­tures clued re­search­ers in to its rough age and its sex, they said, while the se­di­ments that had trapped it re­vealed its time period. 

Aus­tra­lo­piths in East­ern Af­ri­ca fight off hy­e­nas over a chunk of meat in an im­age by ­pa­leo-art­ist Ste­fa­no Ric­ci (Cour­te­sy S. Ric­ci and Ar­ch­ae­o­lo­gi­cal Mu­se­um of Ca­ma­io­re).


The tot helps ex­p­lain how A. a­fa­ren­sis blur­red ape-hu­man boun­d­a­ries, Ze­re­se­nay said: her shoul­der blades re­sem­b­le a young go­ril­la’s, sug­gest­ing she could climb trees, but her thigh bone is an­g­led like hu­mans’, im­p­ly­ing good up­right walk­ing ab­i­l­i­ty.

Mem
­bers of the spe­cies seem to have been fo­r­ag­ing, up­right walk­ers, ca­pa­ble of “climb­ing trees when ne­c­es­sar­y, es­pe­cial­ly when they were lit­tle,” he said.

Ze­re­se­nay first led a band of fos­sil hun
­t­ers in­to Eth­i­o­pi­a’s Di­ki­ka re­gion in 1999, re­search­ers re­coun­t­ed. Pun­ish­ing heat, flash floods, ma­la­r­i­a, wild beasts and oc­ca­sion­al shoot­outs be­tween ri­val eth­nic groups plague the zone.

On a shade­less De­cem­ber day the next year, the sci­en­tists re­called, they hunt­ed un­der a pound­ing sun for the prize that had elud­ed them—our ape-like fore­bears. Team mem­ber Tilahun Ge­bre­se­lassie then spot­ted the tot’s face, no big­ger than a mon­key’s, peer­ing out from a dusty slope.

Tucked be­neath it in hard sand­stone were more bones, the whole bun­dle of them no big­ger than a can­te
­loupe, one fin­ger still curled in a ti­ny grasp, re­search­ers said. Ze­re­se­nay found a rare ex­am­ple of a hy­oid bone, a throat struc­ture lat­er cru­cial to hu­man speech, he said. This of­fers a glimpse of the ev­o­lu­tion of the voice box, which un­der some the­o­ries is in­t­er­wo­ven with that of speech.

Ze­re­se­nay spent the next five years scratch­ing away rock from the skel­e­ton with a den­tist’s drill,
ac­cord­ing to mem­bers of his team.

What killed the ba­by is un­clear. But it seems the an­cient Awash Riv­er rap­id­ly bur­ied the body in a flood, the sci­en­tists said, pre­serv­ing rare de­tails such as a full set of both milk teeth and un­e­rupt­ed adult teeth. The brain cast will help reveal “wheth­er our ear­li­est an­ces­tors grew their brains in the uniquely hu­man way,” said a mem
­ber of the re­search group, Fred Spoor of Uni­ver­si­ty Col­lege Lon­don.

One of her hu­manlike knees was com­plete with a knee­cap no big­ger than a dried pea, re­search­ers said. But her up­per bod­y, like Lu­cy’s, had many ape­like fea­tures: small brain, nose flat like a chim­p’s, face pro­ject­ing for
­ward. Her two com­plete shoul­der blades are the first found from an Aus­tralo­p­ith, Ze­re­se­nay said; an­a­lyz­ing their func­tion “will be among the ex­cit­ing chal­lenges that we will face.”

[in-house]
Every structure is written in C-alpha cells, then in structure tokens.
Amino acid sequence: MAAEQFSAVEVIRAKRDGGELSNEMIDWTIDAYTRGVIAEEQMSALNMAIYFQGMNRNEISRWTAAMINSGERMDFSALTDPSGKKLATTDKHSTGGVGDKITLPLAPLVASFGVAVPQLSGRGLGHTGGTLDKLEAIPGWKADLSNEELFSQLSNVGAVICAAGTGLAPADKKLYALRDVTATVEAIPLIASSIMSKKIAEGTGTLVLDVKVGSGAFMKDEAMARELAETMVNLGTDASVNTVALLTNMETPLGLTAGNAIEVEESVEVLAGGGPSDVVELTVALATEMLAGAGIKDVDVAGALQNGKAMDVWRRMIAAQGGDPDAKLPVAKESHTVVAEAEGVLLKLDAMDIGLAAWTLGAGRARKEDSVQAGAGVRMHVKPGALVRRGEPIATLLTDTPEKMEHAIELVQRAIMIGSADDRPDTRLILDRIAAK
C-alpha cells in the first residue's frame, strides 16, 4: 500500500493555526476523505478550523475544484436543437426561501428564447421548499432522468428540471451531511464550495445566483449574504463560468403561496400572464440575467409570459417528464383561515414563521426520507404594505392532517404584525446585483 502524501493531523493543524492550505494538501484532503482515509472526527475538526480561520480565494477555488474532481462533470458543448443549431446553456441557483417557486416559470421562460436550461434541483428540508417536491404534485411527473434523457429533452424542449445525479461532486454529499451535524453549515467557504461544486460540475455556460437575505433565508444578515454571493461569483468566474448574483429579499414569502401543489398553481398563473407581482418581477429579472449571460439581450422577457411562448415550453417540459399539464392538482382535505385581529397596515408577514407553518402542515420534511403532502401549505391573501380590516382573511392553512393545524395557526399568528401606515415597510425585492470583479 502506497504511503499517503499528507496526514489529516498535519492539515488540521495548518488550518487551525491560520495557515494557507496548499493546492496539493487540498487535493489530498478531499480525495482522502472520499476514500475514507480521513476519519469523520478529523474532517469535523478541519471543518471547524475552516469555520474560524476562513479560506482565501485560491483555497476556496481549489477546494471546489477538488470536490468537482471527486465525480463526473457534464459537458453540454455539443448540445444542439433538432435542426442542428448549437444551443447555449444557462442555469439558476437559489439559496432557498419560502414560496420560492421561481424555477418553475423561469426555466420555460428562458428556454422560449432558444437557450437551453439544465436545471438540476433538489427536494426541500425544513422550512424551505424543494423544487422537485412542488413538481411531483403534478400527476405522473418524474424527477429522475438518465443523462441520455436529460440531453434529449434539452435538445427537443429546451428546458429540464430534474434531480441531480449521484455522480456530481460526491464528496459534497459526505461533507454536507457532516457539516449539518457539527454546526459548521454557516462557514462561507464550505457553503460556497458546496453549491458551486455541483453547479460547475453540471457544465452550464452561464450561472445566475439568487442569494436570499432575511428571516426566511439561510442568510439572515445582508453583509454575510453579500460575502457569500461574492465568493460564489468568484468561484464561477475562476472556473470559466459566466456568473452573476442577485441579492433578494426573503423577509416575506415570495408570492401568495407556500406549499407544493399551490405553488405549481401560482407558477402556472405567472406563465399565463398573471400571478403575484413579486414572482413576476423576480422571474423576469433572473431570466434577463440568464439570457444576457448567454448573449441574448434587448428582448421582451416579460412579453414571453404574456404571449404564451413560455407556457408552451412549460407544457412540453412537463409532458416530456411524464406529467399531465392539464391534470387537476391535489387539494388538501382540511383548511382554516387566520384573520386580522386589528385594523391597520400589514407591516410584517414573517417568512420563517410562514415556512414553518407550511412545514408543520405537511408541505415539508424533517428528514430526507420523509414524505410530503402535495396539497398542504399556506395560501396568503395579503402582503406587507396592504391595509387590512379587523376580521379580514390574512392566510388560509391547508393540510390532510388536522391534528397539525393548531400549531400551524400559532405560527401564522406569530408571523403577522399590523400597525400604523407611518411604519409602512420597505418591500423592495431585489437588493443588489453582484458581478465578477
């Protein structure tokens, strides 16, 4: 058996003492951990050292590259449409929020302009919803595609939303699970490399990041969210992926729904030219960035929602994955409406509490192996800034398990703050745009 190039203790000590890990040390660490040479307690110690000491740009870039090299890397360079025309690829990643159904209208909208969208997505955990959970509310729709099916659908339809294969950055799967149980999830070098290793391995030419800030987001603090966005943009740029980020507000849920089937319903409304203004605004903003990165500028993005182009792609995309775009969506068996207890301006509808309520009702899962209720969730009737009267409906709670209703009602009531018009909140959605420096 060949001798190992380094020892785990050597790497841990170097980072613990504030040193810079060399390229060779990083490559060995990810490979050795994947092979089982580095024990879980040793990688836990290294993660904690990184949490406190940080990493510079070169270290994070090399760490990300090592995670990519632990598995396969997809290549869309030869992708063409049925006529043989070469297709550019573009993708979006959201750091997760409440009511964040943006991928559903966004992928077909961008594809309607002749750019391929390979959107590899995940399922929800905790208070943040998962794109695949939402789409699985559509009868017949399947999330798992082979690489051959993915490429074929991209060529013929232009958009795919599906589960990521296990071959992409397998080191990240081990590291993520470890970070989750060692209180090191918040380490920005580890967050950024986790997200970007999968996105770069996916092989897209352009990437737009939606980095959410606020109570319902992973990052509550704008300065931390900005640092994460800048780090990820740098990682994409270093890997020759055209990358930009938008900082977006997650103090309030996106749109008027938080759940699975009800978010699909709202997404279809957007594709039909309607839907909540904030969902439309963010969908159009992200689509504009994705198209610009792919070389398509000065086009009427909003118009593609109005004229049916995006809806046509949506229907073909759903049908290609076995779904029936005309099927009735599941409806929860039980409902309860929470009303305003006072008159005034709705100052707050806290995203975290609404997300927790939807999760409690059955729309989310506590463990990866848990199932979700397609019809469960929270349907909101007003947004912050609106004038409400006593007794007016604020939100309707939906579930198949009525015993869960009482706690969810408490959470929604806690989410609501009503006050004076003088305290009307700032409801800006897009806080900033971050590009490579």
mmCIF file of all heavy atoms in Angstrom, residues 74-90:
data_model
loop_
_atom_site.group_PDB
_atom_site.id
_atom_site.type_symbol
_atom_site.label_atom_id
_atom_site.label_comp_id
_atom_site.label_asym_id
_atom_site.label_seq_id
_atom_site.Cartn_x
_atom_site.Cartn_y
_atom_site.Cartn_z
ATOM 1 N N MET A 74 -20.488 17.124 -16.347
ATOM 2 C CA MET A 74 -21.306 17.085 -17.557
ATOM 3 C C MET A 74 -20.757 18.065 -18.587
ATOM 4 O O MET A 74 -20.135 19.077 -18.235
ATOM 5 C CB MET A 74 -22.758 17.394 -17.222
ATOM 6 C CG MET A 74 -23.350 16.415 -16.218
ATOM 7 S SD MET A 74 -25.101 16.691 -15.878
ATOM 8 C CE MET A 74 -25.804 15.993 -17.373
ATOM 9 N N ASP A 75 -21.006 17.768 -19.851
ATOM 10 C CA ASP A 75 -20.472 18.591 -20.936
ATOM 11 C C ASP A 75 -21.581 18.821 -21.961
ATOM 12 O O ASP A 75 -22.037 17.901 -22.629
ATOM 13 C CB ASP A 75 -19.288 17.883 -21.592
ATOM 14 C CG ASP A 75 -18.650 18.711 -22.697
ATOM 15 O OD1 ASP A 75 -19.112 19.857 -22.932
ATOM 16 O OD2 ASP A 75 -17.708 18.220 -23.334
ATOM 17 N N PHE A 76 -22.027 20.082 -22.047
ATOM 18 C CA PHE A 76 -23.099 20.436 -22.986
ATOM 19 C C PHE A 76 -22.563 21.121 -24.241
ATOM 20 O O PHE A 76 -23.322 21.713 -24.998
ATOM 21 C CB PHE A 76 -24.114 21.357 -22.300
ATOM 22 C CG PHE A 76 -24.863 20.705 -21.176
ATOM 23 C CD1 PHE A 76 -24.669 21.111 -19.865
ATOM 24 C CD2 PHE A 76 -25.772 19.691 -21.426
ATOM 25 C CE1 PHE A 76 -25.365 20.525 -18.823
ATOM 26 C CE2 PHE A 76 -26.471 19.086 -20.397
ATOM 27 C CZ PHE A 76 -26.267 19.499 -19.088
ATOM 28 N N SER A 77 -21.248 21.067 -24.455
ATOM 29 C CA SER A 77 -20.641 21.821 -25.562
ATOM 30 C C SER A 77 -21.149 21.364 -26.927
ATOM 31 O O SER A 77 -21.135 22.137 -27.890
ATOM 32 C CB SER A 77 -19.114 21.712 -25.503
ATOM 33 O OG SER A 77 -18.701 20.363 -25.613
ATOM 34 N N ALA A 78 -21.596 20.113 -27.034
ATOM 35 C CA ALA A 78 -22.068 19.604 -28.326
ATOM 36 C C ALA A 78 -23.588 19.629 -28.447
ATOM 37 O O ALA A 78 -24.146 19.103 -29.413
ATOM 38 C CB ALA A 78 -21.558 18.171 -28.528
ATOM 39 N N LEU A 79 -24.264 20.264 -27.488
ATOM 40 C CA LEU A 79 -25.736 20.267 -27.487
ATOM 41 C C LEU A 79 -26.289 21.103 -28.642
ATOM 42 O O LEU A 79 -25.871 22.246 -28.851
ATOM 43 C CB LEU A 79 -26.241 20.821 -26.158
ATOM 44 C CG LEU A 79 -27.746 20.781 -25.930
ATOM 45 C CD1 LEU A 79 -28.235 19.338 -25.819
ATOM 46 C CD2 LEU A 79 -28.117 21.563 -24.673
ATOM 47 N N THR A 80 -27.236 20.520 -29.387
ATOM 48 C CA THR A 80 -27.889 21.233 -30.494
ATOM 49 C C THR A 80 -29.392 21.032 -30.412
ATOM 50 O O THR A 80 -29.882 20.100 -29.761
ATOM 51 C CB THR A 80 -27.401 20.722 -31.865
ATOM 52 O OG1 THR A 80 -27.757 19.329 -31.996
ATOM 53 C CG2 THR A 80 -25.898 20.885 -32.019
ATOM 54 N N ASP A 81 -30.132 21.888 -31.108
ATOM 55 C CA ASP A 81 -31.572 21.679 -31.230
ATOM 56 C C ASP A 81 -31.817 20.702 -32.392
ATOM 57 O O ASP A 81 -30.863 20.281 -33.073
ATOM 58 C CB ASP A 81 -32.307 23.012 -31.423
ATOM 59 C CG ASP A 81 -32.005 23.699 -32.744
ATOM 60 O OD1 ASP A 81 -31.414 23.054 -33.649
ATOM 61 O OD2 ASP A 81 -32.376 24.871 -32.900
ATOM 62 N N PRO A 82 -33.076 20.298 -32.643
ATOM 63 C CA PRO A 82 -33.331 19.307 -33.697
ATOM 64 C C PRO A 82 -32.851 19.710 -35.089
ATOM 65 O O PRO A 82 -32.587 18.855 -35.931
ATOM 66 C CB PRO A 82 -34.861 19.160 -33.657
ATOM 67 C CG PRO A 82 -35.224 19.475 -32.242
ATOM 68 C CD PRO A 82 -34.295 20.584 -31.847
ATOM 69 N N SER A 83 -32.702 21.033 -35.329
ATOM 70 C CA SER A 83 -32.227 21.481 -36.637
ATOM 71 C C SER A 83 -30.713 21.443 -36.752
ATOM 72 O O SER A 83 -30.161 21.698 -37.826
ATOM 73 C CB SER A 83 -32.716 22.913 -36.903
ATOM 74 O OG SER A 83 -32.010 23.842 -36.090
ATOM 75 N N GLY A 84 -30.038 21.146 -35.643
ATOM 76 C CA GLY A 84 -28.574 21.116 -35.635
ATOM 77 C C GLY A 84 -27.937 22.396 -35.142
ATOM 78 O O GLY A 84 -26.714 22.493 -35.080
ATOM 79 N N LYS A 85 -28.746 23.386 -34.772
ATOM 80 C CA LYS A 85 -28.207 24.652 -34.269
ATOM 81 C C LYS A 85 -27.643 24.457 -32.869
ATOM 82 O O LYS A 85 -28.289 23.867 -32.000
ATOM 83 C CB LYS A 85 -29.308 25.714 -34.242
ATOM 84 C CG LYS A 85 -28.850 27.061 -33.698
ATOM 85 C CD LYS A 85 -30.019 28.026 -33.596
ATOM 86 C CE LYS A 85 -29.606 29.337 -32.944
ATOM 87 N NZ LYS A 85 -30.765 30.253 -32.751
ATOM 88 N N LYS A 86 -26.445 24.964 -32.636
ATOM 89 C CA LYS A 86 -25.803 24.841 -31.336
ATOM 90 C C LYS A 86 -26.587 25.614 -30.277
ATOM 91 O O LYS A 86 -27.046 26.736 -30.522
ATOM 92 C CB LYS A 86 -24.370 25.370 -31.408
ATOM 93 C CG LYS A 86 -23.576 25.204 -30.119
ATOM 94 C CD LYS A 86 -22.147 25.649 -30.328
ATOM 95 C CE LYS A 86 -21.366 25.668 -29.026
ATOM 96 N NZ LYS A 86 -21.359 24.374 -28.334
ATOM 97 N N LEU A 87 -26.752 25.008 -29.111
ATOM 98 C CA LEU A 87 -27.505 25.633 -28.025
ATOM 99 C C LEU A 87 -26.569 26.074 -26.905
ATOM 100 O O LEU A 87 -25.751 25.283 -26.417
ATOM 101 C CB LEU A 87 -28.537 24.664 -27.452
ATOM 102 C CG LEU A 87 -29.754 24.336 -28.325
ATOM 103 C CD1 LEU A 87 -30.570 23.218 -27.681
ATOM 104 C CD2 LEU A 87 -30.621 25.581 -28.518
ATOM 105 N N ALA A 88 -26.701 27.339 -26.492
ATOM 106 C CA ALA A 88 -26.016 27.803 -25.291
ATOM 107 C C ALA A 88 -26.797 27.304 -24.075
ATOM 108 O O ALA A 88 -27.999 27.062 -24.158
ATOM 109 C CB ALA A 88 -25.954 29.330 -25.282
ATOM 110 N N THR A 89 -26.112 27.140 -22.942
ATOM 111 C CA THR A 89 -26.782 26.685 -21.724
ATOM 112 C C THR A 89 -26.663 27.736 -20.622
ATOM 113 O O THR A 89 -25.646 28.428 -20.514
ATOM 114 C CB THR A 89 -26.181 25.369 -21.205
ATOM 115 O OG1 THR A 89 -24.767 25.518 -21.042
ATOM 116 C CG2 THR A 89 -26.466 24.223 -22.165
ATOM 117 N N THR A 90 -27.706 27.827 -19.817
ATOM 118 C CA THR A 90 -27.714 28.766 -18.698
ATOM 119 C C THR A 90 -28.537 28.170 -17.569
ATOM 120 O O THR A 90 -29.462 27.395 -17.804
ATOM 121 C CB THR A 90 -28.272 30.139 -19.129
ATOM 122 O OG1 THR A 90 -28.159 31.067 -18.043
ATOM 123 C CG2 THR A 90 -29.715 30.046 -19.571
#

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Researchers say they’ve found the most complete fossil infant of a forebear of humans: a baby of the same species as the famed “Lucy” fossil unearthed in 1974. Human-like below the waist, ape-like above, it’s a “once-in-a-lifetime” find, said Ethiopian paleoanthropologist Zeresenay Alemseged, who led a scientific team credited with the discovery. The announcement Wednesday revived memories of the Lucy fossil, believed to come from a female in her mid-20s and hailed, when found, as the most complete skeleton of a pre-human hominid yet unearthed. A hominid is a species on the human branch of the evolutionary tree. The newfound skeleton, loosely dubbed “Lucy’s baby” by some—though it’s actually thought to have lived a bit earlier than Lucy—it’s causing a similar stir over its splendid condition. That, scientists say, makes it a treasure trove of additional clues to human origins. Lucy persuaded many researchers that a common assumption—that our ancestors evolved intelligence first, then upright walking—was wrong, because her bones betrayed some upright-walking ability, yet a small, apelike brain. This, some argue, backs an idea of Charles Darwin: that upright movement stimulated greater intelligence by freeing up the hands for tool use, which demands brainpower. The baby also shows upright walking ability, and offers further clues to that and the evolution of the brain and language, researchers claimed. It’s a “mine of information about a crucial stage in human evolutionary history,” wrote paleobiologist Bernard Wood of George Washington University in Washington, D.C., in a commentary in the Sept. 21 issue of the research journal Nature. The scientists credited with the find reported the details in a paper in the same issue. They estimated that the infant died at age three, possibly in a flood that also buried it in pebbles and sand, helping fossilize it. Lucy and the baby, which date to slightly more than three million years ago, are far from the oldest known members of the human family. That distinction belongs Sahelanthropus tchadensis or “Toumai man,” a chimp-sized creature estimated to be seven million years old and unearthed in Central Africa four years ago. But Lucy and the tot—said to be representatives of a later species, Australopithecus afarensis—would be part of an explosion of hominid diversity thought to have occurred between four and two million years ago. That diversity is thought to reflect some of the rich evolutionary experimentation that nature threw up on the way to producing our species, Homo sapiens. Hominids of this period are collectively called Australopiths. Which lineage led to us is unknown, though. The newfound bundle of bones, found like Lucy in Ethiopia, is arguably the best fossil of its species ever found, its discoverers said. They estimated it lived 3.3 million years ago, compared to 3.2 million for Lucy, and was also female. “The most impressive difference between them is that this baby has a face,” said Zeresenay, the team leader (Ethiopians’ first names are their formal names.) This face gave away the species as A. afarensis, added Zeresenay, of the Max Planck Institute for Evolutionary Anthropology in Leipzig, Germany. Also unlike Lucy—whose nickname comes from a Beatles song—the baby has fingers, a foot and a torso. The tot offers new clues to how the creature blurred ape-human boundaries, Zeresenay said. Her shoulder blades resemble a young gorilla’s, suggesting she could climb trees, he argued; but her thigh bone is angled like humans’, implying good upright walking ability. The species seems to have consisted of foraging, upright walkers, capable of “climbing trees when necessary, especially when they were little,” he said. Zeresenay first led a band of fossil hunters into Ethiopia’s Dikika region in 1999, researchers recounted. Punishing heat, flash floods, malaria, wild beasts and occasional shootouts between rival ethnic groups plague the zone. On a shadeless December day the next year, the scientists recalled, they hunted under a pounding sun for the prize that had eluded them—our ape-like forebears. Team member Tilahun Gebreselassie then spotted the tot’s face, no bigger than a monkey’s, peering out from a dusty slope. Tucked beneath it in hard sandstone were more bones, the whole bundle of them no bigger than a canteloupe, one finger was still curled in a tiny grasp. Where her throat had been, Zeresenay found a rare example of a hyoid bone, which later was crucial to human speech, he said. This offered a glimpse of the evolution of the voice box. Zeresenay spent the next five years scratching away rock from the skeleton with a dentist’s drill, members of his team said. What killed the baby is unclear. But it seems the ancient Awash River rapidly buried the body in a flood, according to the scientists, preserving rare details such as a full set of both milk teeth and unerupted adult teeth. The find “will shed on how this species lived and grew,” said Arizona State University’s Bill Kimbel, a coauthor of the Nature paper. “With the entire brain cast we can now examine whether our earliest ancestors grew their brains in the uniquely human way,” added another coauthor, Fred Spoor of University College London. One of her humanlike knees was complete with a kneecap no bigger than a dried pea, researchers said. But her upper body, like Lucy’s, had many apelike features. Her brain was small, her nose flat like a chimp’s, and her face long and projecting. Her finger bones were curved and almost as long as a chimp’s. Her two complete shoulder blades are the first ever found from an australopith individual, Zeresenay said; “analyzing the functional significance of these bones in more detail will be among the exciting challenges that we will face.”